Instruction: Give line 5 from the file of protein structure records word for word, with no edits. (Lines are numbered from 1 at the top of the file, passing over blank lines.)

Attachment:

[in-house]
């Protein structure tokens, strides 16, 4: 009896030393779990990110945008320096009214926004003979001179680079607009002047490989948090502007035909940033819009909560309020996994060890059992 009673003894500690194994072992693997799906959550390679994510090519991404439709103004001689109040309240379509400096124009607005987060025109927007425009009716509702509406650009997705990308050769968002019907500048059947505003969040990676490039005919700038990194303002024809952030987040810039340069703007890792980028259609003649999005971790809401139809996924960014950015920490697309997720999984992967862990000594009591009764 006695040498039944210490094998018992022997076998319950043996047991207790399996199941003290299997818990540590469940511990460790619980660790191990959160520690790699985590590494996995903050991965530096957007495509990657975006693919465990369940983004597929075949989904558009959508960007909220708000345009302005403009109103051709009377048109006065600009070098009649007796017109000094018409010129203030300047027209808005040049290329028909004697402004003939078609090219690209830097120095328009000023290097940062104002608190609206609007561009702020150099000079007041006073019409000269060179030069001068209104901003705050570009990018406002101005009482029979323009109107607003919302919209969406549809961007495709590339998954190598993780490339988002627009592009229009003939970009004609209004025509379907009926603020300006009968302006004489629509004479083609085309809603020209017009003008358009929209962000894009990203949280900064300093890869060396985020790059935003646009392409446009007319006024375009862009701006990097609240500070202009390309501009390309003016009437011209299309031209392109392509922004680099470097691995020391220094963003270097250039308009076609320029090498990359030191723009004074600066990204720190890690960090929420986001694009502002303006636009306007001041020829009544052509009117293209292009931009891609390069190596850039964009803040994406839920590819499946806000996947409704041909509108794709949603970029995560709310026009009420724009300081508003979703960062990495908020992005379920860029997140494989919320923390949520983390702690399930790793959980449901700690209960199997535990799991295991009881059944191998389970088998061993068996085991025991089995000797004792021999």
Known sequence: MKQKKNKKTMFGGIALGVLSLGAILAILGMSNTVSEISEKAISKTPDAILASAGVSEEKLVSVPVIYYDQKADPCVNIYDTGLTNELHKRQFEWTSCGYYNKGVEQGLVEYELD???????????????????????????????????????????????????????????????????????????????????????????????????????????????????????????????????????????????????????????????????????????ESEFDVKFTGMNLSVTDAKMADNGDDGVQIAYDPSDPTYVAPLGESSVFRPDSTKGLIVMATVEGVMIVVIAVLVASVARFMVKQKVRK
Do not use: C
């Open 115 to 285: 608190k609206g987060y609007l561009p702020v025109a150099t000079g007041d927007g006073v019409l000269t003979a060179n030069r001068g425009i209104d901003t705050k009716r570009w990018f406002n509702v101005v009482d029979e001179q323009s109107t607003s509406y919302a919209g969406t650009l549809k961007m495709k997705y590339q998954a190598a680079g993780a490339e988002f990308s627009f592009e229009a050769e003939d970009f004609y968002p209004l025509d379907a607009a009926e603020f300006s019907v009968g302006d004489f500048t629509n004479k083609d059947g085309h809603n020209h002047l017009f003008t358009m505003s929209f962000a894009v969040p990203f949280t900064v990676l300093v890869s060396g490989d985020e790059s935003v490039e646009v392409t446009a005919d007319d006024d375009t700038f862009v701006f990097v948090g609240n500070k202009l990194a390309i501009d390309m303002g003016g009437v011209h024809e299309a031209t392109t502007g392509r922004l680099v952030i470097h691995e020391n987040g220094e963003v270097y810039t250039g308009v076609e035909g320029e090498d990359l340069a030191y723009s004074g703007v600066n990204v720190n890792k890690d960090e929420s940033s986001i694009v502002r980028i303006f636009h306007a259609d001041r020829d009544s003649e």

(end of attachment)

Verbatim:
């Open 115 to 285: 608190k609206g987060y609007l561009p702020v025109a150099t000079g007041d927007g006073v019409l000269t003979a060179n030069r001068g425009i209104d901003t705050k009716r570009w990018f406002n509702v101005v009482d029979e001179q323009s109107t607003s509406y919302a919209g969406t650009l549809k961007m495709k997705y590339q998954a190598a680079g993780a490339e988002f990308s627009f592009e229009a050769e003939d970009f004609y968002p209004l025509d379907a607009a009926e603020f300006s019907v009968g302006d004489f500048t629509n004479k083609d059947g085309h809603n020209h002047l017009f003008t358009m505003s929209f962000a894009v969040p990203f949280t900064v990676l300093v890869s060396g490989d985020e790059s935003v490039e646009v392409t446009a005919d007319d006024d375009t700038f862009v701006f990097v948090g609240n500070k202009l990194a390309i501009d390309m303002g003016g009437v011209h024809e299309a031209t392109t502007g392509r922004l680099v952030i470097h691995e020391n987040g220094e963003v270097y810039t250039g308009v076609e035909g320029e090498d990359l340069a030191y723009s004074g703007v600066n990204v720190n890792k890690d960090e929420s940033s986001i694009v502002r980028i303006f636009h306007a259609d001041r020829d009544s003649e």